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A Journal on Obstetrics and Gynecology

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Minerva Ginecologica 2011 April;63(2):119-35

language: English

Controlled ovarian hyperstimulation: a review for the non-ART patient

Willis M. Y., Browne A. S., Session D. R., Spencer J. B.

Division of Reproductive Endocrinology and Infertility, Department of Gynecology and Obstetrics, Emory University School of Medicine, Atlanta, GA, USA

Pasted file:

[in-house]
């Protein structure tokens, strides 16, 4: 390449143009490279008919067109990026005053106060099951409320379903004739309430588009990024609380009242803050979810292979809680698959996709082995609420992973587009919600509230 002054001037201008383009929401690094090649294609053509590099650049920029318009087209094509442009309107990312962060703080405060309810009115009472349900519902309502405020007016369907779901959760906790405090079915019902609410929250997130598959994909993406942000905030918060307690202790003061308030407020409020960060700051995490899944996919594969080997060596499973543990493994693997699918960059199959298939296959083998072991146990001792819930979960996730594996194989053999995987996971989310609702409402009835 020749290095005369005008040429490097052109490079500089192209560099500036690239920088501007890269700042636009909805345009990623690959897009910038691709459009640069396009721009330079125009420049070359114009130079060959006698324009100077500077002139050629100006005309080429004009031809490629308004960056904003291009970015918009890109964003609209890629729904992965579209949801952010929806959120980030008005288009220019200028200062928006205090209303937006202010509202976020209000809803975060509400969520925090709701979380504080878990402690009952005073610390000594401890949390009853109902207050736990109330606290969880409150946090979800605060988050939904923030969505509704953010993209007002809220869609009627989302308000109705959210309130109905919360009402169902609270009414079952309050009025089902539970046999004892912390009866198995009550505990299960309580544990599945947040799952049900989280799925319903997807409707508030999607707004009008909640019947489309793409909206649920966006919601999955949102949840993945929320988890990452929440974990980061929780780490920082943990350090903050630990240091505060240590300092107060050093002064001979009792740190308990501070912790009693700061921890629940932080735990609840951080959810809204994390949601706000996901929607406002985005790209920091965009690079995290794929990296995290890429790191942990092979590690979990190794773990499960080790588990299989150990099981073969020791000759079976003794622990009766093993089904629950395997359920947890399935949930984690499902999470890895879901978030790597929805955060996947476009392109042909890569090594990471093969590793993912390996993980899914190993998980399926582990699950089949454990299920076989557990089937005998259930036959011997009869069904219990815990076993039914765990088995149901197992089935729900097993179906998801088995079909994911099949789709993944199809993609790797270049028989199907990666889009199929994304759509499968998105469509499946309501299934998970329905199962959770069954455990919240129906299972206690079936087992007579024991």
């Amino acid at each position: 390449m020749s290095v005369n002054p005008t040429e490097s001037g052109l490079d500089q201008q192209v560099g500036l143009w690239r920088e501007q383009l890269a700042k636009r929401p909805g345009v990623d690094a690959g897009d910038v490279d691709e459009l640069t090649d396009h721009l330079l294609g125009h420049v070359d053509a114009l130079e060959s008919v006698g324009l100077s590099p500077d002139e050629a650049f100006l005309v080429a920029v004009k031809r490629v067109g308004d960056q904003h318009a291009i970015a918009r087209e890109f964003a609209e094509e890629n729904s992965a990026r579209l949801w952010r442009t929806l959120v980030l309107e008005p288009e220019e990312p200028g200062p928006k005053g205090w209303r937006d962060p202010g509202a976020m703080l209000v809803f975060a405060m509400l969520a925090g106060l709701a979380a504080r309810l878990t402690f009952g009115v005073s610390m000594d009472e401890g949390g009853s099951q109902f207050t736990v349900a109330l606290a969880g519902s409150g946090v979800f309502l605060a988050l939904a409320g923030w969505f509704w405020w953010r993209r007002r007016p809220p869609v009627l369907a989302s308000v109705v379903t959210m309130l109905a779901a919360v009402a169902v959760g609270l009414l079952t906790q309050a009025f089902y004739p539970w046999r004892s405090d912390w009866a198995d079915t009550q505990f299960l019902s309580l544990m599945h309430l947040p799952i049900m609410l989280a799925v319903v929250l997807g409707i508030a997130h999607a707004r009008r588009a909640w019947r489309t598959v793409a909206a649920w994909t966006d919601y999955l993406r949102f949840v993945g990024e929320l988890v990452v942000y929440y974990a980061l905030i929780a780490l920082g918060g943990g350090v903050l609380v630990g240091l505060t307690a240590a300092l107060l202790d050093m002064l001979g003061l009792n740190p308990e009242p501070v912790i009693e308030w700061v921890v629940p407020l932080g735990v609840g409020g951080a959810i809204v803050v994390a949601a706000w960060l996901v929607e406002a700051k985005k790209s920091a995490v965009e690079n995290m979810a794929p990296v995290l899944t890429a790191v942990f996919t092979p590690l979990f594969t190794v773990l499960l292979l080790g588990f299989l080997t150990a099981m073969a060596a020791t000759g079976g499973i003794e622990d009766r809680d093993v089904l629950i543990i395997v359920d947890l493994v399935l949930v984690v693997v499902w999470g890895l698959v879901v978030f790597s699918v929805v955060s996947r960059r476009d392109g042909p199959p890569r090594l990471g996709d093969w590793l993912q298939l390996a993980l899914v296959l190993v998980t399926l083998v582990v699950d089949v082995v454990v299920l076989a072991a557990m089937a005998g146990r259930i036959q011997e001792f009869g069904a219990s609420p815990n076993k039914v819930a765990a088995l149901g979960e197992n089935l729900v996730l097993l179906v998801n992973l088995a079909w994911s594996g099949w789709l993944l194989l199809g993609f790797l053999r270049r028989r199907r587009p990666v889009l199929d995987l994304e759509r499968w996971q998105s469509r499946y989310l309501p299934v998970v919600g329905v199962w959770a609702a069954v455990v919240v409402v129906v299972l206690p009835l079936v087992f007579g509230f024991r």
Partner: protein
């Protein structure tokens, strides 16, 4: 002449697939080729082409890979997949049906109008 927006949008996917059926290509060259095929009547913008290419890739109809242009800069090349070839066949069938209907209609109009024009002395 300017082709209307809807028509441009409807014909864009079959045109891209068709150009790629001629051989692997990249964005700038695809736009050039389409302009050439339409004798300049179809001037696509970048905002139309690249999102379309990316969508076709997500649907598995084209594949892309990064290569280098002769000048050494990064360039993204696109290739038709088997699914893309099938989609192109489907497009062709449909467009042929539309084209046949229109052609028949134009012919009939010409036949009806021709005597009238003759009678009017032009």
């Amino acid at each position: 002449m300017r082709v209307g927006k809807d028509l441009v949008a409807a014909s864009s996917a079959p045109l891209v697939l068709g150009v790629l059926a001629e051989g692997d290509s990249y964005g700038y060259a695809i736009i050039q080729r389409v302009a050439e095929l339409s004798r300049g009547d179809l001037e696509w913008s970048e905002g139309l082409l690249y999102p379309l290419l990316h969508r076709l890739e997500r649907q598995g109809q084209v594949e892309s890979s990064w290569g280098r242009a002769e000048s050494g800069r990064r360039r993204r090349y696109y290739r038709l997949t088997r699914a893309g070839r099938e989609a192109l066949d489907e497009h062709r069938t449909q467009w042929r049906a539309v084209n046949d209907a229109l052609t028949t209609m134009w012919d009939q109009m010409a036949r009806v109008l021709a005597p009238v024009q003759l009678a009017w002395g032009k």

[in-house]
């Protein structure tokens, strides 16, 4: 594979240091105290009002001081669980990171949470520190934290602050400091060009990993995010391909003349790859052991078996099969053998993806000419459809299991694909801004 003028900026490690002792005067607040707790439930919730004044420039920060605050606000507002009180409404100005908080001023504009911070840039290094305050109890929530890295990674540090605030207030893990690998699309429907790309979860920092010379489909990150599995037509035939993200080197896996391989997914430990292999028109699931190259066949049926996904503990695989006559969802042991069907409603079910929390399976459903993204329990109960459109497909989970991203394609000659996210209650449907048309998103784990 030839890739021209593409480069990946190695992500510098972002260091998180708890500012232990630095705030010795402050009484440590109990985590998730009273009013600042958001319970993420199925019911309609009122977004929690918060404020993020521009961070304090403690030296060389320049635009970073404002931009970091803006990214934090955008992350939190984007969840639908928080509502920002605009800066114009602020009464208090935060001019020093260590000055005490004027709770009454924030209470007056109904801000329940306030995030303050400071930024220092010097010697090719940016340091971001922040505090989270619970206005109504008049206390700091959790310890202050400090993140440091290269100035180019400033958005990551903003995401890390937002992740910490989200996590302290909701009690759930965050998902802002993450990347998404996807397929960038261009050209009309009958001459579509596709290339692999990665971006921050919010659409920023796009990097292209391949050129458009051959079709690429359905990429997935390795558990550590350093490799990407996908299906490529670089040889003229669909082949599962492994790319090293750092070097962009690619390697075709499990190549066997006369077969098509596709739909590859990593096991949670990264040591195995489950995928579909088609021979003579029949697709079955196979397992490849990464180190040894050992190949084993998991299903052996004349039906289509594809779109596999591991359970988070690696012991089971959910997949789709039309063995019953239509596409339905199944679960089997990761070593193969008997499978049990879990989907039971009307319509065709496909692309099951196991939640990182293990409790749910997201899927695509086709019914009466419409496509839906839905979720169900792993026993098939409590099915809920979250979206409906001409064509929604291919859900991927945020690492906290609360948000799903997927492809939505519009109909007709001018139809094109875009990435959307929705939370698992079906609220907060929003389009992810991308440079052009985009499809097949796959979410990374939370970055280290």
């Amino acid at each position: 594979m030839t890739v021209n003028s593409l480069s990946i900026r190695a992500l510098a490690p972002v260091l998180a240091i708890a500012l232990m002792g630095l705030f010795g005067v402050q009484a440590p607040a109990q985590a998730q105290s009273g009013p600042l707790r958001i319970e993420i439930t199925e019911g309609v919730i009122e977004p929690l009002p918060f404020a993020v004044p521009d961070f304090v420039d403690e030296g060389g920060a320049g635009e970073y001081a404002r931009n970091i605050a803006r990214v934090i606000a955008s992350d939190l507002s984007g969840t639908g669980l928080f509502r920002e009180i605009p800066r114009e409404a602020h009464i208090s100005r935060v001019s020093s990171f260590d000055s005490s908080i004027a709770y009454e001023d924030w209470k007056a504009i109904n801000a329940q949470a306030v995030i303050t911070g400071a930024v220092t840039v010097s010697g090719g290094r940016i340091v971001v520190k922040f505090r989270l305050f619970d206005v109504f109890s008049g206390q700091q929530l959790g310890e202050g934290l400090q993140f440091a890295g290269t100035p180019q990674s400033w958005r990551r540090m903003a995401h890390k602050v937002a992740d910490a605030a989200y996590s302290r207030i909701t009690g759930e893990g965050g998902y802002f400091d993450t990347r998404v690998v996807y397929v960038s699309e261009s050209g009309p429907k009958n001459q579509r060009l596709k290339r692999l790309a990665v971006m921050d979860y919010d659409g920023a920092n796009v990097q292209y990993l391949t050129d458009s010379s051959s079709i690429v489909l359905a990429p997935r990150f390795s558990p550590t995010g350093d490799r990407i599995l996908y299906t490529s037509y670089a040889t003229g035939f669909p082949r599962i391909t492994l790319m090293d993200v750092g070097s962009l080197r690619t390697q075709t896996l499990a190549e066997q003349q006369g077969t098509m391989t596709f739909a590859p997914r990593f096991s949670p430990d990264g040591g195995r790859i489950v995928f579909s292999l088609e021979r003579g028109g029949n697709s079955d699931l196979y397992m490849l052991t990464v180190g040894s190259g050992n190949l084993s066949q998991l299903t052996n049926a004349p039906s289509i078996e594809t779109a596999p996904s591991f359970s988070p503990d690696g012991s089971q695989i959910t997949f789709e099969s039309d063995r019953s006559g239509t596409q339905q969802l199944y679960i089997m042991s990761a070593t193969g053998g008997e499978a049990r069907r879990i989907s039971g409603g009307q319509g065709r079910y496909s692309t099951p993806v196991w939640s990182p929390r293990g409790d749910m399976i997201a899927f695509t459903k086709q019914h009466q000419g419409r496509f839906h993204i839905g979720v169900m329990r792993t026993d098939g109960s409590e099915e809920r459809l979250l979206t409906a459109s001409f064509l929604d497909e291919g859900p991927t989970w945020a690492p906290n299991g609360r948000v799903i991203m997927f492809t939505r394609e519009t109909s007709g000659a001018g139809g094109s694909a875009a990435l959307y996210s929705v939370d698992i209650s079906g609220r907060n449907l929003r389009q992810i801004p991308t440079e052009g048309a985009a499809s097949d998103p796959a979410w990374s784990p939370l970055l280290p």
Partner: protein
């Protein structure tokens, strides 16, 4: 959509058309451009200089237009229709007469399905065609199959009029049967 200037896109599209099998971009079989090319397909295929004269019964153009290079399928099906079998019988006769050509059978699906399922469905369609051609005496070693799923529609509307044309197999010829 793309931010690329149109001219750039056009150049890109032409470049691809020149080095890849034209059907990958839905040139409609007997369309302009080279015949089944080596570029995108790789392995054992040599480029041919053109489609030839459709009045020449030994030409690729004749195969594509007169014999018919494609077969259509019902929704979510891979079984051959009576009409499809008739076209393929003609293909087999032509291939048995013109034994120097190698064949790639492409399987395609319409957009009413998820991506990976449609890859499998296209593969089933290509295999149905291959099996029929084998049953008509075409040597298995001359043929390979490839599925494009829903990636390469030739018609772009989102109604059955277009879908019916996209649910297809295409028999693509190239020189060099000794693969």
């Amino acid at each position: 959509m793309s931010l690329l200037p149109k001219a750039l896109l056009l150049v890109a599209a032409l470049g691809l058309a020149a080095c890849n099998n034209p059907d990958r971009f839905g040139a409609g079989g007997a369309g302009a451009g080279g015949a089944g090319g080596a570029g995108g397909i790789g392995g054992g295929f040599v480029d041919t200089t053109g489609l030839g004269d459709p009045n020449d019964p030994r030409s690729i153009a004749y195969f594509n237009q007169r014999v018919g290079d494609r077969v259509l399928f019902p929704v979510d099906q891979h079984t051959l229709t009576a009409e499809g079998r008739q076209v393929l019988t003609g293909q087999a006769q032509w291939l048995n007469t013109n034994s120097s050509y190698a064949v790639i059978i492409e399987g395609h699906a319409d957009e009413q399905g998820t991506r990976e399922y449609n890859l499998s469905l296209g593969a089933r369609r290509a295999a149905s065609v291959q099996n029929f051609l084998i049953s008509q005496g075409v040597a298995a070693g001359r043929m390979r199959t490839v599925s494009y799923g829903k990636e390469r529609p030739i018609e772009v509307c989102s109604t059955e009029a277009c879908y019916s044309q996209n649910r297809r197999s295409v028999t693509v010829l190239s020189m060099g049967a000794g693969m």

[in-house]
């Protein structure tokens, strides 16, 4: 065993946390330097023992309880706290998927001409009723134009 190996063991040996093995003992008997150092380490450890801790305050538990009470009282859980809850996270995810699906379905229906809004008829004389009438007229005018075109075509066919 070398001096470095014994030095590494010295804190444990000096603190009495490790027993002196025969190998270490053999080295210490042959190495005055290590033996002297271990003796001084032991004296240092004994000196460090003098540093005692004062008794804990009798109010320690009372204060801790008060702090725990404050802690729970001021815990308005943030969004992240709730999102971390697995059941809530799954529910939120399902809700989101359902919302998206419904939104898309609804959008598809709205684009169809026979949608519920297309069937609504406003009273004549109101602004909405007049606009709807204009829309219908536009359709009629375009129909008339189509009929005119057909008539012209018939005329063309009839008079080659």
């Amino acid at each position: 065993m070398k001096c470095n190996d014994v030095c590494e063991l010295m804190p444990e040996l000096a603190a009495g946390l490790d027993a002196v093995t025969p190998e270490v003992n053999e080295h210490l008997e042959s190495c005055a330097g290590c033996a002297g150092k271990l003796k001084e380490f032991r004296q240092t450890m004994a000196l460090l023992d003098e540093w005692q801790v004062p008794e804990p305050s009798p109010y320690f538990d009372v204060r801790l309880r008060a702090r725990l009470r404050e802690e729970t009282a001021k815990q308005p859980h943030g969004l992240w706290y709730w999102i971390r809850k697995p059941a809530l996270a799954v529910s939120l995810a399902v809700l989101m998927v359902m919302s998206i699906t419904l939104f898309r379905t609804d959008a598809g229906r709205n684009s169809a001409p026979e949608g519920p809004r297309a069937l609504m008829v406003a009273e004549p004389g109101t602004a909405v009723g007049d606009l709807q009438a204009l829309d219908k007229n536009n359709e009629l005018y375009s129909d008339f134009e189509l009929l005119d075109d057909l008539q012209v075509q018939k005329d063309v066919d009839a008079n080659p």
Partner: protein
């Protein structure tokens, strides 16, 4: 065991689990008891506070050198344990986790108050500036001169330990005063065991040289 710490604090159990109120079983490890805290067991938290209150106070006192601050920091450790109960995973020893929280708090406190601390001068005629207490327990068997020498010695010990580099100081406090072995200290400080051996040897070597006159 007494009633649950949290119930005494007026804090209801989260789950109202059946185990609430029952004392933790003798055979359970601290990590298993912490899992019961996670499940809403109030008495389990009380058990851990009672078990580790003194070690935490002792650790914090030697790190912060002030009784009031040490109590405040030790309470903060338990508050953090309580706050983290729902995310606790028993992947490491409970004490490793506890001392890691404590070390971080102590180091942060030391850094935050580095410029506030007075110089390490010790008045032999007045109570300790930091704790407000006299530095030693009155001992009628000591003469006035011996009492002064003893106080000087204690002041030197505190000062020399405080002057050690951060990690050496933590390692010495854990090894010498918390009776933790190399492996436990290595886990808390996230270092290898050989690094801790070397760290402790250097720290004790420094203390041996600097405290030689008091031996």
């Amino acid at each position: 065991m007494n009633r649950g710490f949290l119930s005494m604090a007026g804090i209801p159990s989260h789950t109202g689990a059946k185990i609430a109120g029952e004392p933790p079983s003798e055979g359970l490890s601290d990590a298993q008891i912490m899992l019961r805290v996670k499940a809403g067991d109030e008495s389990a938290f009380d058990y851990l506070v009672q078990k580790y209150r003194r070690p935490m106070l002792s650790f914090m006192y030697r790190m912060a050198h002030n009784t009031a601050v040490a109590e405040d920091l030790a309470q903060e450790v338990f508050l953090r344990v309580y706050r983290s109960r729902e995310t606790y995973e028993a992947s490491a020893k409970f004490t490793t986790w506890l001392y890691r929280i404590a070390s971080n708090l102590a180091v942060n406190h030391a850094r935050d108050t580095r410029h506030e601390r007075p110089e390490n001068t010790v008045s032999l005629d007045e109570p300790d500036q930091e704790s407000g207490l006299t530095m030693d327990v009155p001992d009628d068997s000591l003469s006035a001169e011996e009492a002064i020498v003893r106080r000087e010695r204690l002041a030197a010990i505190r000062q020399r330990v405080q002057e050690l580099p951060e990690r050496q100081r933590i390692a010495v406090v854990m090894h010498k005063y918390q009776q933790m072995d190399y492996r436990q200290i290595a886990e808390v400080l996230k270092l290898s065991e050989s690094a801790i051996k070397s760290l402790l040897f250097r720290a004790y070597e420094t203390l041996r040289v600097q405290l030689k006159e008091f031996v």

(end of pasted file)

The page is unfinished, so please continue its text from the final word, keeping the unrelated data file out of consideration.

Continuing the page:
Controlled ovarian hyperstimulation (COH) involves the administration of oral and/or injectable medications to induce ovulation in the anovulatory infertile patient, and superovulation in the ovulatory infertile patient. The different types of medication and protocols for COH are reviewed. Oral medications such as clomiphene and letrozole should be considered in most patients initially, except in the case of hypogonadotropic amenorrhea. Pregnancy rates are higher with the injectable medications, follicle stimualtion hormone (FSH) and human menopausal gonadotrpins (hMG), than oral medications; however, injectable medications have a higher risk of multiple gestation, ovarian hyperstimulation syndrome, cost and monitoring. Strategies to enhance the responsiveness to these medications in polycystic ovarian syndrome patients including adjunctive treatment with metformin and/or dexamethasone will be discussed. Combined protocols which use oral and injectable gonadotropins may also lower risks and costs without sacrificing chances of pregnancy. Patients with hypogonadotropic amenorrhea benefit from the addition of leutinizing hormone (LH) activity such as hMG, recombinant leutinizing hormone (rLH) or low dose human chroionic gonadotropin to FSH stimulation. Ovulation and luteal phase support with progesterone is generally recommended in injectable cycles but not with oral medications.

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